Love Blossoms In Community Garden

Newly married Tracy and Mike Fransen gaze at each other between her children.

Newly married Tracy and Mike Fransen gaze at each other between her children. Photo by Michele Nelson. |

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Their love started in the garden.

The garden nurtured it.

And on Saturday, Michael Fransen (aka Tractor Mike) and Tracy Sekandari walked down the aisle to celebrate the bounty of their love.

It all started last year when Tracy’s son, Ilyas, purchased a garden plot as a Mother’s Day gift to his mom.

“We’d gardened a bit before,” he said, but they were not master gardeners.

As it happened, Tractor Mike had the plot next door. Most Community Gardeners know Mike by his tractor. He putts around delivering wood chips and soil and tilling plots on request. Basically, his little machine does all the heavy lifting.

Tracy said work kept her on the road while her son planted, so she did not meet Mike until Ilyas had spent some time with him.

“When we finally had dinner together, my son kept saying, ‘You’ve got to come to the garden and meet Tractor Mike,’ and then it was Tractor Mike this and Tractor Mike that,” she said.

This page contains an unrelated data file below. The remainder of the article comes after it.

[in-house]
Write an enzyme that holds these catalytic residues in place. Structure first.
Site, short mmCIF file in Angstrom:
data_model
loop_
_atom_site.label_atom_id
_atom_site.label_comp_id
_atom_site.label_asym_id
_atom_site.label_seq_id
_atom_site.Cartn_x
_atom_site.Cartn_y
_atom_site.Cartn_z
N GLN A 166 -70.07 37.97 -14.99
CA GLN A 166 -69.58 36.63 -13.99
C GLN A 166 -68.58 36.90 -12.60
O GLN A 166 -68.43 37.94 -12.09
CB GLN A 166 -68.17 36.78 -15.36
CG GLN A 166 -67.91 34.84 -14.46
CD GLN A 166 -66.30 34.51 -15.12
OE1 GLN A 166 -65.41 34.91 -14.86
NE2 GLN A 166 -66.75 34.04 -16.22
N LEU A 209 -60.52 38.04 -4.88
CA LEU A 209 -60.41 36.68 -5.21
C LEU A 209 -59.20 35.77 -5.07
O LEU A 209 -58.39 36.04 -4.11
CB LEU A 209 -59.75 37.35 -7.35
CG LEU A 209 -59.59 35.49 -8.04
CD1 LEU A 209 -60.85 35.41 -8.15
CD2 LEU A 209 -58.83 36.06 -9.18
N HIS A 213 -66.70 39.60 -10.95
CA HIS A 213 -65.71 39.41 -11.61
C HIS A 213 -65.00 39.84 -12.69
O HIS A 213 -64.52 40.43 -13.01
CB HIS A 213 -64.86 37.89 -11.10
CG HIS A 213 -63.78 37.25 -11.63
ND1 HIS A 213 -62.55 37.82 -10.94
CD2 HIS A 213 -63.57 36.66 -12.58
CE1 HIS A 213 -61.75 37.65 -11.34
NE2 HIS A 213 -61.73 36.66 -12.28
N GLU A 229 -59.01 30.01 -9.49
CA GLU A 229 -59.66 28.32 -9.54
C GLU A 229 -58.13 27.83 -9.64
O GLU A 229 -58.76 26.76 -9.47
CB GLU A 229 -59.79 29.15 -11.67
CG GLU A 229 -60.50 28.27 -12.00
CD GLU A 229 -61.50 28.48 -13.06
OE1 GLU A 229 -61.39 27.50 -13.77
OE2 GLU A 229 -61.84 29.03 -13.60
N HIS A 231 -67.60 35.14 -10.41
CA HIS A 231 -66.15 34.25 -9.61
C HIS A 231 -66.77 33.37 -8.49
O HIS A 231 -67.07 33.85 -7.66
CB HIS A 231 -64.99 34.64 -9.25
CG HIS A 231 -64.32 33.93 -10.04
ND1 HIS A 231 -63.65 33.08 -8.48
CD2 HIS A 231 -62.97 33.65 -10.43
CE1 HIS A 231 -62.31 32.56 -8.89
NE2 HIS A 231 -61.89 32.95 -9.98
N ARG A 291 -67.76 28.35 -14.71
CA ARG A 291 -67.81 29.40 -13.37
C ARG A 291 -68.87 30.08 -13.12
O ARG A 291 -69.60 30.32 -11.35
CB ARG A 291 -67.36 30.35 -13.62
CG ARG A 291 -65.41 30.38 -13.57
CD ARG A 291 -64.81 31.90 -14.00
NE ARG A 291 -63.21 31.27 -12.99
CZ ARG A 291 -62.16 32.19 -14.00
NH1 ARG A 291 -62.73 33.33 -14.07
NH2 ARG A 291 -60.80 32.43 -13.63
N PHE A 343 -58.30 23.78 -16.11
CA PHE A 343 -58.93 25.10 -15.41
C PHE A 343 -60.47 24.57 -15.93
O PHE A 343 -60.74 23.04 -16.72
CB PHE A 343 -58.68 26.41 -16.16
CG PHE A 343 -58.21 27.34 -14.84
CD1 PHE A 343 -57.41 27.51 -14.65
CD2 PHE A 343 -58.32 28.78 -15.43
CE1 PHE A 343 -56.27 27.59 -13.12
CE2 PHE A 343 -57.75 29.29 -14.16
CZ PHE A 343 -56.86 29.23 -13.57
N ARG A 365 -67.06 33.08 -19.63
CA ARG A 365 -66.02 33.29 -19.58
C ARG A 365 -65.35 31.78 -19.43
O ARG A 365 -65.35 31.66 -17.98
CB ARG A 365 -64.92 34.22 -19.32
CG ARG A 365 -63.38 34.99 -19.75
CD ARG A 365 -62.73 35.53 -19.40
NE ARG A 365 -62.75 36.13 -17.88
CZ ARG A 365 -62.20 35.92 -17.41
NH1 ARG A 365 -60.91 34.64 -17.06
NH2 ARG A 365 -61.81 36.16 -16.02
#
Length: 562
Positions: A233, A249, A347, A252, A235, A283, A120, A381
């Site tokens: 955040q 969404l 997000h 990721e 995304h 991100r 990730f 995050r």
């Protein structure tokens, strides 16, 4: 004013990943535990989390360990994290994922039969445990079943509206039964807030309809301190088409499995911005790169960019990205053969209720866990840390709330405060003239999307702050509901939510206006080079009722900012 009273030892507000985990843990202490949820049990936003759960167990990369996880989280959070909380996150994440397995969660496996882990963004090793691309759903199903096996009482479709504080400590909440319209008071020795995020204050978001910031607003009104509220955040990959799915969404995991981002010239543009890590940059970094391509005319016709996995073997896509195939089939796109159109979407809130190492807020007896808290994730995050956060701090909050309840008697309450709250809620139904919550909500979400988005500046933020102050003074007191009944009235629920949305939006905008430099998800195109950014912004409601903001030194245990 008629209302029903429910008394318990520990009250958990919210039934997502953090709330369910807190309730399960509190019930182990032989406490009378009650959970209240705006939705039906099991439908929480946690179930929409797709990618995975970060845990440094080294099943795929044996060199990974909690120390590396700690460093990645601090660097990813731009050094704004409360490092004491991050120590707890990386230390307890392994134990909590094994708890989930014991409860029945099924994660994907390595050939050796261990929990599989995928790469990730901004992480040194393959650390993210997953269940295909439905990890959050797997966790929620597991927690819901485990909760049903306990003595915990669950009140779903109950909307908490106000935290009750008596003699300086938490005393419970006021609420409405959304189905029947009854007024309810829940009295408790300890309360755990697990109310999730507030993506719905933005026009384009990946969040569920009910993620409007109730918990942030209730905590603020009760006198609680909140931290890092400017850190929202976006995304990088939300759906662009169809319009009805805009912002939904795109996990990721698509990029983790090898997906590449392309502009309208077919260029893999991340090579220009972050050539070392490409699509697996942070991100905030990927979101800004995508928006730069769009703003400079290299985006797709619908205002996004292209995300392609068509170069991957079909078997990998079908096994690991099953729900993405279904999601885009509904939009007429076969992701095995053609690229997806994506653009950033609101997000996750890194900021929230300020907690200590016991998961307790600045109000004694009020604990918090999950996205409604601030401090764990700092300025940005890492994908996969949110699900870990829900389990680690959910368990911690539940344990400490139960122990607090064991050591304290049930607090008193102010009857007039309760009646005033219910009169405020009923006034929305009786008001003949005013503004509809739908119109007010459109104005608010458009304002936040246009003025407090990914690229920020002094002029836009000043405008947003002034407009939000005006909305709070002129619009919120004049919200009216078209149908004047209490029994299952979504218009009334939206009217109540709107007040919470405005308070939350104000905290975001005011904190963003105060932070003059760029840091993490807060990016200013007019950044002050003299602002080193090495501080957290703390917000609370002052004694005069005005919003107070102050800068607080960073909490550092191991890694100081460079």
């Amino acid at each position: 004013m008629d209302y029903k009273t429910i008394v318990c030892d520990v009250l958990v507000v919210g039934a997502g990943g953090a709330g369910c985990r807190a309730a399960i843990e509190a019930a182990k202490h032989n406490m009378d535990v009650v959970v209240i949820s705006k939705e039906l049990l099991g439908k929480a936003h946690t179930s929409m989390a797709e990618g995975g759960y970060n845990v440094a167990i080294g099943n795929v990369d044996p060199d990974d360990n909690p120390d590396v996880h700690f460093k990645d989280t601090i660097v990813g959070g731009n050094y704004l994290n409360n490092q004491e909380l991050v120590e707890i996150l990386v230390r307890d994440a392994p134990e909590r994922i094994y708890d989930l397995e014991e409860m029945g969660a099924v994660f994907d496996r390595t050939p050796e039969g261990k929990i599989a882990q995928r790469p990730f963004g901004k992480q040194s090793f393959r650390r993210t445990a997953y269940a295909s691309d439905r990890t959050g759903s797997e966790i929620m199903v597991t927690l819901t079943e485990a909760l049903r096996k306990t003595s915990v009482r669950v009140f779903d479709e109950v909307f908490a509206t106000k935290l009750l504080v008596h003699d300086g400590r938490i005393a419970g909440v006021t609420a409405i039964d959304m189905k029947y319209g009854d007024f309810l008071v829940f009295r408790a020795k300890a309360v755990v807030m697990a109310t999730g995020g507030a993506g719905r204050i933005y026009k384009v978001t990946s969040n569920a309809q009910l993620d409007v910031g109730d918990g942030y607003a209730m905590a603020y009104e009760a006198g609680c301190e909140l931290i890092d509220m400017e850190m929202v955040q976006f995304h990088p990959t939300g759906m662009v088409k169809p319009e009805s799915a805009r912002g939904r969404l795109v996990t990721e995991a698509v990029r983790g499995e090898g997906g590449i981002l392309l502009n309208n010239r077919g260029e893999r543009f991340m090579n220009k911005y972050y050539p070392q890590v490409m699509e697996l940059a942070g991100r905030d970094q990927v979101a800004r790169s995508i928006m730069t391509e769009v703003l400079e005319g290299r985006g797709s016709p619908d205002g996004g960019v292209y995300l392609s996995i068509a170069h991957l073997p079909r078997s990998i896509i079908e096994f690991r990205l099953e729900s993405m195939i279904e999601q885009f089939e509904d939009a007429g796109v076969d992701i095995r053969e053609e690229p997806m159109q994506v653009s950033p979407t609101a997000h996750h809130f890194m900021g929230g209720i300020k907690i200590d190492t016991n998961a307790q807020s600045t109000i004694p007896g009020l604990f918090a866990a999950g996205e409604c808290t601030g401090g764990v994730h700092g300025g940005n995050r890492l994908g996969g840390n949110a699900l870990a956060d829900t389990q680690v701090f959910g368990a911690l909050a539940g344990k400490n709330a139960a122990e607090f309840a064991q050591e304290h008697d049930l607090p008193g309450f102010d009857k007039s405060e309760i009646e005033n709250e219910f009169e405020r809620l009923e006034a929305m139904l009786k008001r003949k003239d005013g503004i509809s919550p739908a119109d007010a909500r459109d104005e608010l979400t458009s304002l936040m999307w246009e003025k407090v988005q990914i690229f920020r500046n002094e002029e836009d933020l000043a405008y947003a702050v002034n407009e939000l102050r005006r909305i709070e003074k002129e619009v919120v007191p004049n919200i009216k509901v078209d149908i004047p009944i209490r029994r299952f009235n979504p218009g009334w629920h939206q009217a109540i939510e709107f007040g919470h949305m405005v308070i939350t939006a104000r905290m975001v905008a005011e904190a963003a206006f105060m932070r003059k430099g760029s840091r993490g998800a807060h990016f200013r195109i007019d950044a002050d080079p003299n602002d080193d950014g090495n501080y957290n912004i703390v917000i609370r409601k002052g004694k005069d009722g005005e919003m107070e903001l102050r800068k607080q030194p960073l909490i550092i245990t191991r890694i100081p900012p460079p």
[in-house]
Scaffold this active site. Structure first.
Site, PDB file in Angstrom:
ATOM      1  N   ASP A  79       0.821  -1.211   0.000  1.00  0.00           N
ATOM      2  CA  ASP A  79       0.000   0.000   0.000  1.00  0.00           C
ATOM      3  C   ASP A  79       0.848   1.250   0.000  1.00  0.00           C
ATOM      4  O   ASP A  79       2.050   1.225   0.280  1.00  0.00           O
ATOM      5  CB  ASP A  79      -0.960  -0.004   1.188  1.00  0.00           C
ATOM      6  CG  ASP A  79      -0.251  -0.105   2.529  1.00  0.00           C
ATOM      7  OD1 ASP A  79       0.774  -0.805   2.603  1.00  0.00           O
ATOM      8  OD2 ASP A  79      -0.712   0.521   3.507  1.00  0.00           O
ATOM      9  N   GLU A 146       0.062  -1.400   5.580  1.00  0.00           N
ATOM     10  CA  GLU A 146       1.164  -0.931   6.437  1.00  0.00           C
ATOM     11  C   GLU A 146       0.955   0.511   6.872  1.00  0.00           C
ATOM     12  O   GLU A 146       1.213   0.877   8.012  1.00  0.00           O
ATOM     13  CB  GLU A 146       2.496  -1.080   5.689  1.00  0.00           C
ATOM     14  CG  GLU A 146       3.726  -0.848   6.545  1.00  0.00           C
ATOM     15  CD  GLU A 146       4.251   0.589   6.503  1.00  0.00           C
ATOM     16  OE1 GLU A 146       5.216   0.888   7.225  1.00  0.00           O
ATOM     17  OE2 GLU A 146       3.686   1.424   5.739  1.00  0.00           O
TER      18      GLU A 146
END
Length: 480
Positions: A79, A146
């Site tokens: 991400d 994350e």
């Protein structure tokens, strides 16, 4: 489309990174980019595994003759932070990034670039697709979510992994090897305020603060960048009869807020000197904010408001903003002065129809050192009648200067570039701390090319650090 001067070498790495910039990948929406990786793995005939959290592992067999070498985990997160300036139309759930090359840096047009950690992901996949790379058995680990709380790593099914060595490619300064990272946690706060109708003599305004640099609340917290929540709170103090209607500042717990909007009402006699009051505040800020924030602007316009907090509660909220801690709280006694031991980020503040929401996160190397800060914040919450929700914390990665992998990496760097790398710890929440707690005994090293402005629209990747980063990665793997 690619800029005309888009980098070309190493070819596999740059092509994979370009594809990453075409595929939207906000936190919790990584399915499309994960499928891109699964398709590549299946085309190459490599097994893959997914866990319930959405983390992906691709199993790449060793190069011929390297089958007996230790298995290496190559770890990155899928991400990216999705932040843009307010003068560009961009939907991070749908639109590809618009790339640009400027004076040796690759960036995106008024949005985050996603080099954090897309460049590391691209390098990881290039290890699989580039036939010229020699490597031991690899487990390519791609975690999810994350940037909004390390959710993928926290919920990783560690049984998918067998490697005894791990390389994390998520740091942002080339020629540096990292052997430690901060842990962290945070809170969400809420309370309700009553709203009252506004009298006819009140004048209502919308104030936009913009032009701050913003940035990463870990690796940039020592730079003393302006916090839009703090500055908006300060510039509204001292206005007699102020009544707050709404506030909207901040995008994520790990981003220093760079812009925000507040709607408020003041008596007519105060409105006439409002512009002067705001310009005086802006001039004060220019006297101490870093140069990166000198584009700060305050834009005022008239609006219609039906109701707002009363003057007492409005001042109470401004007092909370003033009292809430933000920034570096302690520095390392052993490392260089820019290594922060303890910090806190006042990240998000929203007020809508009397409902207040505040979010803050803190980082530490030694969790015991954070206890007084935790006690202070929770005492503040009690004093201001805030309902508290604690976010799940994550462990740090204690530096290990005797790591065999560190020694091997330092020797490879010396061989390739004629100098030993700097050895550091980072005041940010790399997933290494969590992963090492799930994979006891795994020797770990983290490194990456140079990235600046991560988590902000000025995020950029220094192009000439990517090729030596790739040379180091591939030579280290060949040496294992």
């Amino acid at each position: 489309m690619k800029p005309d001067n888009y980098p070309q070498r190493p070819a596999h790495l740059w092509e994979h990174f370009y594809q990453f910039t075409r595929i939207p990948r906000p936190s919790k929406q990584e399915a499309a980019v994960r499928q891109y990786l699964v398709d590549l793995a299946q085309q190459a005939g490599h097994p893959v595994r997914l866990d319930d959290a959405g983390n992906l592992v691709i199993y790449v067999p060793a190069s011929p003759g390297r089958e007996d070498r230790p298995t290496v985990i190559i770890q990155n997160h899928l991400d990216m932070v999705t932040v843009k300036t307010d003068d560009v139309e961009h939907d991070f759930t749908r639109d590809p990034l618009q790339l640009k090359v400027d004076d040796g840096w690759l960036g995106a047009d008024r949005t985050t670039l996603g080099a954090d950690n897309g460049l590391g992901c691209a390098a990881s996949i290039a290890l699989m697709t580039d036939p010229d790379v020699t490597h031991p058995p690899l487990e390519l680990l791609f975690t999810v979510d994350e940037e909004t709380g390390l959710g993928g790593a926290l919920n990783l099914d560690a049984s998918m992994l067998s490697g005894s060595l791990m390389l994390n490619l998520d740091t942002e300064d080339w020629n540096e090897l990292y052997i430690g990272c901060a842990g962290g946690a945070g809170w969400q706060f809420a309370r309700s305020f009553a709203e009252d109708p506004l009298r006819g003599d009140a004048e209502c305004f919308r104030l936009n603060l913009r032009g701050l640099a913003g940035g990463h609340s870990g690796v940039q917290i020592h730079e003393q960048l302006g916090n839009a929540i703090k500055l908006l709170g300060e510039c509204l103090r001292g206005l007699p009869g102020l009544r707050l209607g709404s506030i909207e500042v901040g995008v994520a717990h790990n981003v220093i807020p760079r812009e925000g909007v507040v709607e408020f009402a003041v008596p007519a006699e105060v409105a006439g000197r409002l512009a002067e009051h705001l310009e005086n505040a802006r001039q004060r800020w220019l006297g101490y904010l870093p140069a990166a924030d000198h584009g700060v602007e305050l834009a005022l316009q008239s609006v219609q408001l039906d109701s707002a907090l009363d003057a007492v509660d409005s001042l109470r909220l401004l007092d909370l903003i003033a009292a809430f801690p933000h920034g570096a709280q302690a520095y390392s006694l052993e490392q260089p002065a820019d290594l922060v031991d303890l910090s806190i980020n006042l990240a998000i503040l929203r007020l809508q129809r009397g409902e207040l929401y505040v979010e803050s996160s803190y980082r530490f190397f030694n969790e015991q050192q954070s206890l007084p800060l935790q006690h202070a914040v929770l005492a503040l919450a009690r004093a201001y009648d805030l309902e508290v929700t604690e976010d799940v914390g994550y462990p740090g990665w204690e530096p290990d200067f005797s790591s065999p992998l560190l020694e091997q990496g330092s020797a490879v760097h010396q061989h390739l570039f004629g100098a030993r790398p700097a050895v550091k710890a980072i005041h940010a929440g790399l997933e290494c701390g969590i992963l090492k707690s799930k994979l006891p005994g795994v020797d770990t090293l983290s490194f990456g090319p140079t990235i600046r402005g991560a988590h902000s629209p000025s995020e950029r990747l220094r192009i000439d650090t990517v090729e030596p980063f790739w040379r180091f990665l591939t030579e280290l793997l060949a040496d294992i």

Mike said when he did finally meet Tracy, she at first walked by him to the back of the garden by the plots of soil and compost and then came back up to him and said, “Hi! I’m Tracy and I’m single.”

Ilyas said within two weeks of the couple meeting he knew something was up.

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Minister Jared Tenney officiated at his first wedding. The bride and groom are both members of the Church of Jesus Christ of Latter Day Saints

During the ceremony, Jared Tenney, his first time officiating at a wedding, told the assembled gardeners how their love blossomed over pizza.

Mike explained the Boy Scouts grew the pumpkin patch as a project. Because Ilyas was in the Scouts at the time, his mom treated everyone with pizza.

“As we sat talking, I could tell she just has a wonderful sense of humor,” he said.

During the ceremony, the two had an easy banter and clearly cared deeply for each other. After Mike spoke his vows, he leaned over to kiss Tracy — before Tenney had declared them husband and wife.

“I don’t think you’re supposed to kiss me yet,” giggled Tracy.

She also chuckled when she told the story of how Mike proposed to her.

“He wanted to ask me in the garden, but he forgot his keys,” she said, “So he had to ask me outside next to the port-a-potty.”

The wedding was just as much a community affair as the garden. Glen McCombs, owner of Plant Fair Nursery in Star Valley and a regular source of information for gardeners, loaned topiaries and potted plants to spruce up the hay bales used as seating for guests.

Roger Kreimeyer, garden organizer, sent out an e-mail invite to the wedding to gardeners.

The bride ordered a carrot cake, raspberry lemonade, peach and apple pie bites from Kendra’s Country Bakery as treats for attendees. And guests got a little jar of homemade jam as a treat to take home.

In the ceremony, Tracy alluded to the garden in her vows, “Our love will be a lot like this garden,” she said, “We’ll plant seeds and nurture them, but there will always be weeds along the way.”

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